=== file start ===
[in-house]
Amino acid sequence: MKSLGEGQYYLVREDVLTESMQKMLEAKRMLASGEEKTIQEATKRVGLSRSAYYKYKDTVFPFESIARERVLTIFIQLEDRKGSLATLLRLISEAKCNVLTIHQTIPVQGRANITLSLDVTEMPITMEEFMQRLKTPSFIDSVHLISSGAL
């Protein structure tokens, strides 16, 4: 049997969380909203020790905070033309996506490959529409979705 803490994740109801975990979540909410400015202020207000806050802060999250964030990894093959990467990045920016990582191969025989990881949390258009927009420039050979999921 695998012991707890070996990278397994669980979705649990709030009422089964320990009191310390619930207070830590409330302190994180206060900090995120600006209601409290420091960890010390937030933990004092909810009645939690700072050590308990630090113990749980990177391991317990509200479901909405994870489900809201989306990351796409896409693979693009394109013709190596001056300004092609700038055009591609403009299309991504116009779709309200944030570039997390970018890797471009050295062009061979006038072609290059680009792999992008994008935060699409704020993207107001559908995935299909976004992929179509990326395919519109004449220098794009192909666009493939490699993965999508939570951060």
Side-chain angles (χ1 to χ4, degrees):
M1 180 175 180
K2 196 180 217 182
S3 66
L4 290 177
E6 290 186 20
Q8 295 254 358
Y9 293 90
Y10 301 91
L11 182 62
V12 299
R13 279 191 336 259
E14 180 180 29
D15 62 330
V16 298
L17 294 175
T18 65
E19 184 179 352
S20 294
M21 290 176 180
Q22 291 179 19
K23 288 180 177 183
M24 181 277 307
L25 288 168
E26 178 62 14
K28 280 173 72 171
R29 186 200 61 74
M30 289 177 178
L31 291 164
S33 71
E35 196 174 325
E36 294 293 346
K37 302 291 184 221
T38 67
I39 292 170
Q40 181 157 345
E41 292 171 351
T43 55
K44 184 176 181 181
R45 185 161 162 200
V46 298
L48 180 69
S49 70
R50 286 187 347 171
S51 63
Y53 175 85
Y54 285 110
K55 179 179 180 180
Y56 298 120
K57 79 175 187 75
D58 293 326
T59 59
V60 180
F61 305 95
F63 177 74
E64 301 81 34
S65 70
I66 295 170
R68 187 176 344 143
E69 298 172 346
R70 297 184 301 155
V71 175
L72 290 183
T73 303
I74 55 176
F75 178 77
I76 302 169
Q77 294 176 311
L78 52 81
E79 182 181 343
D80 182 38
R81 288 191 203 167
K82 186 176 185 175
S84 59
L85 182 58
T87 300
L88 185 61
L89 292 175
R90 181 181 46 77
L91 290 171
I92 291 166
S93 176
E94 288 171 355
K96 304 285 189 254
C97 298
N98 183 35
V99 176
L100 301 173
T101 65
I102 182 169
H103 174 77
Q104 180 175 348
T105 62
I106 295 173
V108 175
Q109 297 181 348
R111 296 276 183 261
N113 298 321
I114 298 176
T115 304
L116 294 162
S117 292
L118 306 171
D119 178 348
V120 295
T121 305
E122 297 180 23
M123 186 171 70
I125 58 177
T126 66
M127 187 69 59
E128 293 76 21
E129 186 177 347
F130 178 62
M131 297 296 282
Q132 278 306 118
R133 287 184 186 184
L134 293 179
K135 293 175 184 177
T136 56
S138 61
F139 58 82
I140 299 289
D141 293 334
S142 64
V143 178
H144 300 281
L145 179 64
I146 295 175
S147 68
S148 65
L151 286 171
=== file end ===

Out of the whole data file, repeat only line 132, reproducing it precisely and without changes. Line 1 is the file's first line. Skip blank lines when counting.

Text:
I146 295 175